He now lives in Pico Rivera, Calif., in southeastern Los Angeles County, while performing in various dance showcases, including the Teen Choice Awards, and local videos. He also has been taking more dance classes.
“I’m investing in my craft to get back to teaching more and to pour into my students,” he said.
Last year’s SYTYCD appearance has helped him calm his nerves this year.
“I’m taking that experience and coming back stronger,” he said.
Motivated by his mother, Arnie Anderson, Payne started dancing at age 11 with The Way, Truth and Light Outreach Ministries in Columbus. She now is the praise team leader for Gateway Ministries.
“My mom has been the inspiration through my whole life, even playing videos and teaching me to do the moonwalk,” he said.
Payne said his stepfather, Terry Anderson, an Army National Guardsman and substitute teacher for the Muscogee County School District, encouraged him to “follow your dream” to avoid ever muttering “coulda-woulda-shoulda” to himself. His father and stepmother, Shedrick Payne and Wendy Pepper, also have been supportive, he said.
An extra incentive to perform in this competition, Payne said, is “to inspire my younger brothers.” They are: Tiyri Anderson, 16; Tiyrai Anderson, 15; and Xzavier Payne, 8.
Payne is grateful to Performance Dance Centre owner Carrie Paris for being his first formal instructor and allowing him to teach at her studio.
In high school, a friend tried to convince Payne to join him at the studio. Payne declined, saying, “Nah, they probably wear tights.” But when he saw how much his friend improved his hip-hop dancing, Payne finally followed him to the studio — and Paris sure is glad he did.
“He’s a sweet, sweet person and part of our dance family now,” Paris told the Ledger-Enquirer in a phone interview Friday. “We’re so proud of him and so proud of his success.”
Paris recalled Payne being uncertain about the dancing in a studio. But after the first class, she said, “He was absolutely hooked.”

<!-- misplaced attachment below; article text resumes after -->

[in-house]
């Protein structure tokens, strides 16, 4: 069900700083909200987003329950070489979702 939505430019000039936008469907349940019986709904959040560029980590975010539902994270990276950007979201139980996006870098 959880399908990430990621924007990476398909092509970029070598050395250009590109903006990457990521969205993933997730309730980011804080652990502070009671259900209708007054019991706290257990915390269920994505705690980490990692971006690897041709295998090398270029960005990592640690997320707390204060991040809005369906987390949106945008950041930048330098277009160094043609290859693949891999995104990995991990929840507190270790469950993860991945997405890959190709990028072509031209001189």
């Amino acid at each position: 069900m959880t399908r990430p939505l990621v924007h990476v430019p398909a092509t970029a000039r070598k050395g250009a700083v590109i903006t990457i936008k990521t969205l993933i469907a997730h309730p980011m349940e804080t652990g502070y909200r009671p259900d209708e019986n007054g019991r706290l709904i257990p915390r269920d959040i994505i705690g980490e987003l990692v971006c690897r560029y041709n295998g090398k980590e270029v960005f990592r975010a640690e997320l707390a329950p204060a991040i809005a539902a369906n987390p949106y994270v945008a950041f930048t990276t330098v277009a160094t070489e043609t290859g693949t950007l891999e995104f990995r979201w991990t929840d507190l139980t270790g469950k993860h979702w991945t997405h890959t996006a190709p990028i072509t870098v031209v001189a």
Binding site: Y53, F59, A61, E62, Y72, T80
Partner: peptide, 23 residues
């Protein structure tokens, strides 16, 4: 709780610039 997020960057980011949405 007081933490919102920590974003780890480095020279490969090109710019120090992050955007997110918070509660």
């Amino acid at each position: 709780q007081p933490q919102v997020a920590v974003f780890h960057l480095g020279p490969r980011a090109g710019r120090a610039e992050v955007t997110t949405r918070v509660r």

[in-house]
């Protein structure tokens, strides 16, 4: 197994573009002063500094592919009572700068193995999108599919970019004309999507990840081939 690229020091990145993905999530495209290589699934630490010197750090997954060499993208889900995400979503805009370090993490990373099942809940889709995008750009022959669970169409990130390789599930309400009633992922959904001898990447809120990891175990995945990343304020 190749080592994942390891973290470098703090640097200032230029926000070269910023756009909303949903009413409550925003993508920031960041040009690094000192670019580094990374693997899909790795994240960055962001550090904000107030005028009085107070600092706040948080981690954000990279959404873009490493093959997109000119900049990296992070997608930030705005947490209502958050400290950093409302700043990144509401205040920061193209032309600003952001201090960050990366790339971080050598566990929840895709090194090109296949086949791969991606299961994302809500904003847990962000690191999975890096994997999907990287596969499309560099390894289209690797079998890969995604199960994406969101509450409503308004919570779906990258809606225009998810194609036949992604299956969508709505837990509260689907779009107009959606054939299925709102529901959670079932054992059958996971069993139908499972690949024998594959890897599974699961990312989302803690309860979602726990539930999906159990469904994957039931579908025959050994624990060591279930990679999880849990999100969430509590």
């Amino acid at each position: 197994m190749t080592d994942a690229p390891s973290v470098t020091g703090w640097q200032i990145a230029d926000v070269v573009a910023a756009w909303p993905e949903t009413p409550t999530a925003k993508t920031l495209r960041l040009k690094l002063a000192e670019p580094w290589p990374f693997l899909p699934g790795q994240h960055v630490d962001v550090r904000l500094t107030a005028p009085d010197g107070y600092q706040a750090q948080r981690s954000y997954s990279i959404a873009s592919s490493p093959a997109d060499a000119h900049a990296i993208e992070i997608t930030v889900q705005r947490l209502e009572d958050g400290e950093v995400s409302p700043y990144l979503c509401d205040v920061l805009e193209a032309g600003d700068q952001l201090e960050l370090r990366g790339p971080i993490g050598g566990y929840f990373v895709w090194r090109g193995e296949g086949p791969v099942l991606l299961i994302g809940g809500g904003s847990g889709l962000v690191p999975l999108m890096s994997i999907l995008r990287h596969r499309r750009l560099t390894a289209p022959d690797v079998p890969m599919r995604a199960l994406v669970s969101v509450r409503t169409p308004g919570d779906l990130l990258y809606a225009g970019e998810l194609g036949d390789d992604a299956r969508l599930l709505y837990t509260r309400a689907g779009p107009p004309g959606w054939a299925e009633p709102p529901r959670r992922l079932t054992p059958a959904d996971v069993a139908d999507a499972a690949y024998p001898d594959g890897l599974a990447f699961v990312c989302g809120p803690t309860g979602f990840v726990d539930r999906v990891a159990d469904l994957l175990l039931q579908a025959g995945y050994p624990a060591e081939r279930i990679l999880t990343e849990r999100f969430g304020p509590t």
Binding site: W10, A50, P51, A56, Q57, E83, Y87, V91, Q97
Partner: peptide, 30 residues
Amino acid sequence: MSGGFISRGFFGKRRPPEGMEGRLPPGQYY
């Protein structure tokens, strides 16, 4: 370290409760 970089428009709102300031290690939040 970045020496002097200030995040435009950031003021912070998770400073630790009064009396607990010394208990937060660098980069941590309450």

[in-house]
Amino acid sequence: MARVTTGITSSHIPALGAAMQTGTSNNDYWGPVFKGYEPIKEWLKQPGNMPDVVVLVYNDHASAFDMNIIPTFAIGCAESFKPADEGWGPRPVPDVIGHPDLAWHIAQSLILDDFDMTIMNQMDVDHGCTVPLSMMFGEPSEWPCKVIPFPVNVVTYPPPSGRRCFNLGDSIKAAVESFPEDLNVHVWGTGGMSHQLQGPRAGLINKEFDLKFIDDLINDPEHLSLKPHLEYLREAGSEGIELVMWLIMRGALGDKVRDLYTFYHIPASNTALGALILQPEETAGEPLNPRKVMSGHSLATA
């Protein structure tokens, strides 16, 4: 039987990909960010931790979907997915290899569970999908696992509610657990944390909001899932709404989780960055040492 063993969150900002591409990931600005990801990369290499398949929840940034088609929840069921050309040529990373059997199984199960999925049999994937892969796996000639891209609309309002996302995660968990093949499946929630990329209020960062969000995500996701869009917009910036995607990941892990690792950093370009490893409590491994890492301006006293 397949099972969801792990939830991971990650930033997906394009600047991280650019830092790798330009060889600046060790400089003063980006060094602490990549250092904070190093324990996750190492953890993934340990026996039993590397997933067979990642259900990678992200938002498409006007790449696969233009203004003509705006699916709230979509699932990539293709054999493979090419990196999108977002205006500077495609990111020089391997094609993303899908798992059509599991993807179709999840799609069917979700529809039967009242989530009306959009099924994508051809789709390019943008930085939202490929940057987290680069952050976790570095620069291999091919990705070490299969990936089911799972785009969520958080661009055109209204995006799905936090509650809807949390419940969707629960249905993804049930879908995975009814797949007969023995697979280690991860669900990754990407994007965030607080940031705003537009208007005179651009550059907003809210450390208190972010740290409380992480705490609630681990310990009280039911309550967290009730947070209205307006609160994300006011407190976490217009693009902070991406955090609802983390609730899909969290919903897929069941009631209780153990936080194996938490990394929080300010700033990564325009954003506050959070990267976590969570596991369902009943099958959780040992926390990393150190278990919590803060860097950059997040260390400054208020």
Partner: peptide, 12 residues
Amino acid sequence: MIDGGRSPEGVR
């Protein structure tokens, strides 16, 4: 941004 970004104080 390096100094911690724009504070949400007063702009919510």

Then, in his second year with Performance Dance Centre, he won scholarships while competing around the Southeast, Paris said.
“That kind of sparked his interest in becoming a professional dancer,” she said.
In 25 years of teaching dance, Paris said, Payne is among the five best she has taught.
“You can’t teach him enough,” she said. “He’s very considerate, very appreciative. He never let us lock up at night without making sure he walked us to the car. … He’s a very hard worker, very genuine and humble. Columbus should be really proud of him as well. We have a lot of talent that comes out of our studio, and Dustin is a prime example of that.”
And many of the Performance Dance Centre students and teachers are cheering for Payne while they watch him on SYTYCD.
“He has a huge fan club at our studio,” Paris said. “As soon as something happens (on the show), they’re talking about it on their phones, on Facebook or group texts. It’s fun, but it makes me nervous. I get so emotional watching him, and it’s inspirational for the kids because it lets them see they can do this, especially some of our guys.”
Even if he doesn’t win the SYTYCD grand prize of$250,000, Payne wants to continue finding ways to dance.
“My passion is dance,” he said. “Whether it’s video, live performance, teaching — wherever this art form takes me — I just want to inspire and never give up.”
For him, Payne said, dance is “a way to speak without speaking. … Just the energy and pure joy out of that gets me excited every single time.”